Search for an Article


Faces of COPD: Carol Rubin

Like 11 Likes

Carol Rubin is one of the newest members of the COPD Foundation’s State Advocacy Program. Learn more about life with COPD below.

Having grown up in the Bronx, New York, I was exposed to all the wonderful cultural entities that New York City has to offer. I’ve always loved the theater, museums, the NY Yankees. After I began my career with the NYC Department of Education as an educator, I moved to New Jersey, but very close to Manhattan to continue enjoying the life of a “Native New Yorker.”

Villages learn about COPD Throughout the years, I became involved in volunteer work, fundraising, and traveling. After retiring as a principal, I began a second career, part-time as an adjunct professor at a local college, going to different schools to supervise student teachers and doing consulting work. During my visits to student teachers, I went to some old school buildings that had 5 to 6 floors with no elevators. It was during these visits that I experienced shortness of breath going up the stairs. Then, I suffered shortness of breath from walking uphill and doing activities that required lifting, bending, reaching (changing bedding). At first, I justified that I was out of shape, should lose weight (as so many others with COPD rationalize).

As the shortness of breath became more frequent, I went to a cardiologist who had me take a stress test and echocardiogram. The results were good; my heart was fine. This went on for another year. Once again I went through a stress test and echocardiogram and once again, the results were good. I never connected my symptoms with respiratory problems or my history of smoking because although I was a smoker for many years, I had stopped smoking 20 years ago.

Read More

Tags: Carol Rubin International Women's Day
Categories: Personal Stories

Faces of COPD: Jimmy Slover

Like 7 Likes

Jimmy Slover is one of the newest members of the COPD Foundation's State Advocacy Program. He has shared his experience and insights into living with COPD. Follow his story below.

On February 25, 2010 I my life turned upside down and it would never be the same again.

It was 3:00 in the morning I wanted a cigarette. I can still remember lighting it up and trying to smoke it as I coughed my head off. At that particular moment I did not care about the coughing nor the fact that I couldn’t breathe worth a darn – I just wanted that cigarette. Because I wasn’t able to be strong and tell my brain NO, the following took place and changed my life forever.

I lived in an apartment complex at my brother’s house which had a unit upstairs and two single bedroom units downstairs. Thank god I lived in one of the bottom units. I can remember smoking that last cigarette and coughing and coughing and then it happened: I began hyperventilating. I remember calling my neighbor and screaming for him to come down and help me. I then dialed 911 and that was the last thing I remembered.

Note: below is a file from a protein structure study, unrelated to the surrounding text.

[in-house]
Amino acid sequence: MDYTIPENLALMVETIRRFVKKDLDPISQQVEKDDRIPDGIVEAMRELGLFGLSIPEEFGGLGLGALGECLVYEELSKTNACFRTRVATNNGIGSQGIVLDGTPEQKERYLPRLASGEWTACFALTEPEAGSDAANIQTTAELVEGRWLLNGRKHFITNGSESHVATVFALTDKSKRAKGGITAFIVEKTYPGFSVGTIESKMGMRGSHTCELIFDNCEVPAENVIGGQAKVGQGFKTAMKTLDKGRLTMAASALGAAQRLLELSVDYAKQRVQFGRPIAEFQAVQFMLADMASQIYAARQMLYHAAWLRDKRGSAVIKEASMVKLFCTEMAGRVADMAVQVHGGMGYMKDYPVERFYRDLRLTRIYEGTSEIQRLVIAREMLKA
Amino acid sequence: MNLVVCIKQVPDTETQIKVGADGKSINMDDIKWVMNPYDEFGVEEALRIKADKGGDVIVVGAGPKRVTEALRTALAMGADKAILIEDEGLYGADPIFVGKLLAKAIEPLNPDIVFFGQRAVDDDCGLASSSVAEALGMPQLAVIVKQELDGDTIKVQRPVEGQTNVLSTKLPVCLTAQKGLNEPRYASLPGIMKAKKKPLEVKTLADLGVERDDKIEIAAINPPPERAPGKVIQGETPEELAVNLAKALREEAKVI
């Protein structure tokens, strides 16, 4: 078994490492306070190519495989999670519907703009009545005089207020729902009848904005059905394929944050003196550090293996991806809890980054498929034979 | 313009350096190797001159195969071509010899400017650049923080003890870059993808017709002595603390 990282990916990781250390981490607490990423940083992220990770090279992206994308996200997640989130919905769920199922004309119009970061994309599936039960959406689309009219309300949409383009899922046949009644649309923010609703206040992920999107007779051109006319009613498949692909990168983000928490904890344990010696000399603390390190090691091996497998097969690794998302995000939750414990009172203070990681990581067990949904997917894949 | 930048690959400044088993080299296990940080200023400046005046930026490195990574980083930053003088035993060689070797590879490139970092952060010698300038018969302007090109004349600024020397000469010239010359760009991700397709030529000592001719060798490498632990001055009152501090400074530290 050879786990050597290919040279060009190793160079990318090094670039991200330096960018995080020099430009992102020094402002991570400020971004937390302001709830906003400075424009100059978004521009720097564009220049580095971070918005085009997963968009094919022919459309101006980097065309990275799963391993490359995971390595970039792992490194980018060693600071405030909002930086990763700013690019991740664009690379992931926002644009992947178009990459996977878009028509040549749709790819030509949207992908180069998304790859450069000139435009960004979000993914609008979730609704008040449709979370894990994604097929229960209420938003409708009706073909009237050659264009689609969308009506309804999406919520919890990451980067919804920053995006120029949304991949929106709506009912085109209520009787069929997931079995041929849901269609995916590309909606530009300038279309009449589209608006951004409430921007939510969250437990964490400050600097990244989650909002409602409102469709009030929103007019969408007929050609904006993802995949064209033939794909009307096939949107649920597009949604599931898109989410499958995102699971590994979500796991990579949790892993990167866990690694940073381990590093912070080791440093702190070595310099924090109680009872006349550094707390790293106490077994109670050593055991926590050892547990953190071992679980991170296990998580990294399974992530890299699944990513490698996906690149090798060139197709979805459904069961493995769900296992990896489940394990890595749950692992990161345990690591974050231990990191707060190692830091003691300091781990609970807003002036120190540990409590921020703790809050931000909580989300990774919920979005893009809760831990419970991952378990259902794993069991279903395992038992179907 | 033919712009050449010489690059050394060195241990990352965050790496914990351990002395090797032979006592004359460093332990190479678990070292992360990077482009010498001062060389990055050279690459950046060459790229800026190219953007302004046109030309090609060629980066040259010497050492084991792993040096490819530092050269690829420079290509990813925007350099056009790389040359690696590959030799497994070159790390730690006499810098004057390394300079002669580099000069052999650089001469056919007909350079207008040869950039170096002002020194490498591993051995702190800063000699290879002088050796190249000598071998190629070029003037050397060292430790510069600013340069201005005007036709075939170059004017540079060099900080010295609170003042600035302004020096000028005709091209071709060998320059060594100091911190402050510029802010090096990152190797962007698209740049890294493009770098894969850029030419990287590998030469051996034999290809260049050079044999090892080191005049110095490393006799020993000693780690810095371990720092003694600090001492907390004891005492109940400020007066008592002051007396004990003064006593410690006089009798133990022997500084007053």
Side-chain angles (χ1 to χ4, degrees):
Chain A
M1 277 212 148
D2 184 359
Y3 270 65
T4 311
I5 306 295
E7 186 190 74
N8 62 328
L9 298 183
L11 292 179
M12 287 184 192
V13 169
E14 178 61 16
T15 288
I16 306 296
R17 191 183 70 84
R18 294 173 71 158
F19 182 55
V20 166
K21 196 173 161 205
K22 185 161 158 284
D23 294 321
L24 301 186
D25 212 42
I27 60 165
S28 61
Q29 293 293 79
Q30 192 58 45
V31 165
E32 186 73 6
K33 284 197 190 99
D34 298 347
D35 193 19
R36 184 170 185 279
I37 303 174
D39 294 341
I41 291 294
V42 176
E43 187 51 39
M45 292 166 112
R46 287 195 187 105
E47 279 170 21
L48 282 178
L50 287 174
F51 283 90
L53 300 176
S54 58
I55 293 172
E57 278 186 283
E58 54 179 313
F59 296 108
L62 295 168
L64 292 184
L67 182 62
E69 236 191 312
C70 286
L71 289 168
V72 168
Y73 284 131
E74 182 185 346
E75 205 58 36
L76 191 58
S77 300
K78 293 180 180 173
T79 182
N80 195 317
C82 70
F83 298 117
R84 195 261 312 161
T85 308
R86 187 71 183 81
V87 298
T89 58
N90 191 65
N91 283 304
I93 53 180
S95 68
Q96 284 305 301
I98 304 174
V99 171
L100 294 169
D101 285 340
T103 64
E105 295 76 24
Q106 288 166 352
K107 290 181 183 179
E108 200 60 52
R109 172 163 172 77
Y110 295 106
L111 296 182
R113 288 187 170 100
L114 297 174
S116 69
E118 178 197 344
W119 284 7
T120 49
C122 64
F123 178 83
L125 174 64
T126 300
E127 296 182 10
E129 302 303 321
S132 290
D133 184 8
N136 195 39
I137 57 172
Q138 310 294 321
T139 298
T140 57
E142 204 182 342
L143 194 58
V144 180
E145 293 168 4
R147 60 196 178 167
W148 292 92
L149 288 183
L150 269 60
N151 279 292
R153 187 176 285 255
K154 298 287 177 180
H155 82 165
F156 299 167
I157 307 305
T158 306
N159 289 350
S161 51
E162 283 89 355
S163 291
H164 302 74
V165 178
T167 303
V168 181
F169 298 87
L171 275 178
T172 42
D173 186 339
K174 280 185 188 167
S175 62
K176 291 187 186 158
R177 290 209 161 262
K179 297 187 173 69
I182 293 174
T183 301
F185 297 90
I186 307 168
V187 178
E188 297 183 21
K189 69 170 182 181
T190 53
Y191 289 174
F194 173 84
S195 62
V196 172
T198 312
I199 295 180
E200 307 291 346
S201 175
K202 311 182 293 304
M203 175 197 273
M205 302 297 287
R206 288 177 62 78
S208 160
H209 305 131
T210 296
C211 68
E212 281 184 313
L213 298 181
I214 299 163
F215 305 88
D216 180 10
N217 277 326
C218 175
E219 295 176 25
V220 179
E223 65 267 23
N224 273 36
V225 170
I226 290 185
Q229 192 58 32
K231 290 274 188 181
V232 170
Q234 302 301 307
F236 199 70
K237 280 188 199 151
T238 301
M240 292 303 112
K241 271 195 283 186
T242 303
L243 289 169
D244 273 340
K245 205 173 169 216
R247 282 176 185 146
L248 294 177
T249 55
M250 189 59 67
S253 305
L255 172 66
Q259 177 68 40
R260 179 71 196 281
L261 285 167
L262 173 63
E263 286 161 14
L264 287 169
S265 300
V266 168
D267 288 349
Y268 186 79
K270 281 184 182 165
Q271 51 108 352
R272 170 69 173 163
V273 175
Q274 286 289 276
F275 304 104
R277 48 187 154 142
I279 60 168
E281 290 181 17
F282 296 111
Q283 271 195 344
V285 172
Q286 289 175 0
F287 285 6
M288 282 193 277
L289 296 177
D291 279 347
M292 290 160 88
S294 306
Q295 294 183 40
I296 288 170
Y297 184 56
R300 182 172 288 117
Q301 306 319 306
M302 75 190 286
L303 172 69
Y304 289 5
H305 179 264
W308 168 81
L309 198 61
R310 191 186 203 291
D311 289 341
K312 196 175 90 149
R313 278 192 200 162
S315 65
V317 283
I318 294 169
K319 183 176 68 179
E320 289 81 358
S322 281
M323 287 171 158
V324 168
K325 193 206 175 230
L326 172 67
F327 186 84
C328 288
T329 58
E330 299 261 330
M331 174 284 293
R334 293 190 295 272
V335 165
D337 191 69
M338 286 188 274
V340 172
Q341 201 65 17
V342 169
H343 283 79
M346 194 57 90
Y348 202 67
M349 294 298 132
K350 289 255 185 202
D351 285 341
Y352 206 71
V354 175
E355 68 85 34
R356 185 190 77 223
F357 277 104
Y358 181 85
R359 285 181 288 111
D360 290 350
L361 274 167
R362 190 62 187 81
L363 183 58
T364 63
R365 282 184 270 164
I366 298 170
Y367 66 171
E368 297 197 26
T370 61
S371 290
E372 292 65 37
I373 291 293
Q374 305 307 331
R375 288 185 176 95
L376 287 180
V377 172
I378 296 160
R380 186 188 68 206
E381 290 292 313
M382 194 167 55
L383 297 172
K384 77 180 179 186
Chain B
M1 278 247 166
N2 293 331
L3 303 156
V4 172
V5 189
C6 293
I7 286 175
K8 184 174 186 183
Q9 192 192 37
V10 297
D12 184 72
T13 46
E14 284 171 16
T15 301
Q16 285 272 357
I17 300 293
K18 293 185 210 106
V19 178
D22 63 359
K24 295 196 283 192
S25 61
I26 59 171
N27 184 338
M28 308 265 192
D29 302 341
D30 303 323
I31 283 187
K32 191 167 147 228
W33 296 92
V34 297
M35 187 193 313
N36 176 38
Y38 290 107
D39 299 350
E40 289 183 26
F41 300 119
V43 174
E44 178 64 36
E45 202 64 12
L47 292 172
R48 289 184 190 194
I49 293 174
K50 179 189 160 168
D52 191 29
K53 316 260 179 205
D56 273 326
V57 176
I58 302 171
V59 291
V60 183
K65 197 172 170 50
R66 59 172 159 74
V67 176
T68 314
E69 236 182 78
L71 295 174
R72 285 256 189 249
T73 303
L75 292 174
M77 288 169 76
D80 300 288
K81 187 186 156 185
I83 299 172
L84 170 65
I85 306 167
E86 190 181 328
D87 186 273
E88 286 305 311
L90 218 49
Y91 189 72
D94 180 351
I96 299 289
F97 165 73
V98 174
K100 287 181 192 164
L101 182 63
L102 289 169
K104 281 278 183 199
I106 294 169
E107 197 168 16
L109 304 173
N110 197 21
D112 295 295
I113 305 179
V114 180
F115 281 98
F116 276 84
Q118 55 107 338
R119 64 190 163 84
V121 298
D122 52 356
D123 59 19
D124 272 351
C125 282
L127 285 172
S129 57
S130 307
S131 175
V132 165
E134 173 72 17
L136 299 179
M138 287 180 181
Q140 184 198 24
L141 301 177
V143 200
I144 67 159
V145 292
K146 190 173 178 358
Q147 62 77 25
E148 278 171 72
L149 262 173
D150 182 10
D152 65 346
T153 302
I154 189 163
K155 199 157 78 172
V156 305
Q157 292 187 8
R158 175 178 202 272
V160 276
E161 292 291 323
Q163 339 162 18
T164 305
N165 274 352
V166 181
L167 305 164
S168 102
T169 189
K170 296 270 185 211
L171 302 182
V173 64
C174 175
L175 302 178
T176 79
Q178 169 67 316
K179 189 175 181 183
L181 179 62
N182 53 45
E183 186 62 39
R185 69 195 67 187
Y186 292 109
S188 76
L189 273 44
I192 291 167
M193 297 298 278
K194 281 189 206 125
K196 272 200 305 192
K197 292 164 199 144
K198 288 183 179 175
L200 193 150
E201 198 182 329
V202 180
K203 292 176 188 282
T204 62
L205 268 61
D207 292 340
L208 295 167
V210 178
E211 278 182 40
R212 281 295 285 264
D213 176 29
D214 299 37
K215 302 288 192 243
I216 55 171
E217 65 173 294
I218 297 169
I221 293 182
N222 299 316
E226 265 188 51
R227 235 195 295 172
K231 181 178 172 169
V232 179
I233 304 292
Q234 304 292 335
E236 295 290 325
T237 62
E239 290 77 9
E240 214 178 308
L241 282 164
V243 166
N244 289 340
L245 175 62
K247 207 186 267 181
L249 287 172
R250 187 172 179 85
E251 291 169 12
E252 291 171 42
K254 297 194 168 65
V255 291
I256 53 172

The following day, I contacted my family and told them they had better come say their “goodbyes” because I didn’t I was going to make it another day. Coincidentally, the day before this major event in my life happened: I saw my first pulmonologist. He looked me straight in the face and told me that it was going to take something drastic for me to quit smoking. I still can’t get over the fact this lung doctor just knew I was headed for disaster after just one office visit.

Read More

Tags: COPD State Advocacy Captain Jimmy Slover
Categories: Personal Stories

A Trip to the Villages

Like 5 Likes

This blog post was written by Tracie Sullivan, Grassroots Advocacy Manager at the COPD Foundation

Villages learn about COPD Last weekend I had the wonderful opportunity of traveling to The Villages in Florida with my COPD Foundation colleague, Jamie Sullivan, and a group of enthusiastic and passionate researchers, physicians, and nurses from the University of Illinois Chicago and the University of Washington.

Right when we arrived we got to work, with meetings with the Villages Regional Health Center, the local hospital, and were able to meet with staff at Buffalo Crossing, a local assisted living facility. We were joined by doctors Jerry Krishnan and David Au. We learned from staff more about the wonderful support group, Airheads, the educational programming for COPD, and some of the challenges COPD patients are facing. In the evening, we were able to meet with Airheads Support Leader, Stephen Rule for a homestyle barbeque dinner, to learn from Stephen more about the local work he is doing in the community.

Read More

Tags: COPD education The Villages
Categories: Advocacy

Generic Drugs: What You Should Know

Like 10 Likes

Generic drugs for COPD Eighty-nine percent of prescriptions distributed in the United States are for generic drugs as they cost 80-85 percent less than the originator brand-name products. You may ask: why does such a difference in price exist if generic drugs contain the same active ingredient to their brand-name counterparts? New drugs are protected by patents and can only be sold for a period of time by the company that made them. When these patents expire, other companies are then allowed to seek approval from the U.S. Food and Drug Administration (FDA) to develop and sell a generic version. The competitors do not have to perform the initial clinical trials, making generic drugs cheaper to produce.

The COPD Foundation has teamed up with the CHEST Foundation to dispel common myths around generic drugs.

Read More

Tags: COPD Generic drugs
Categories: Tips for Healthy Living

Honeymoon Walk for Charity – A Million Steps with Love

Like 10 Likes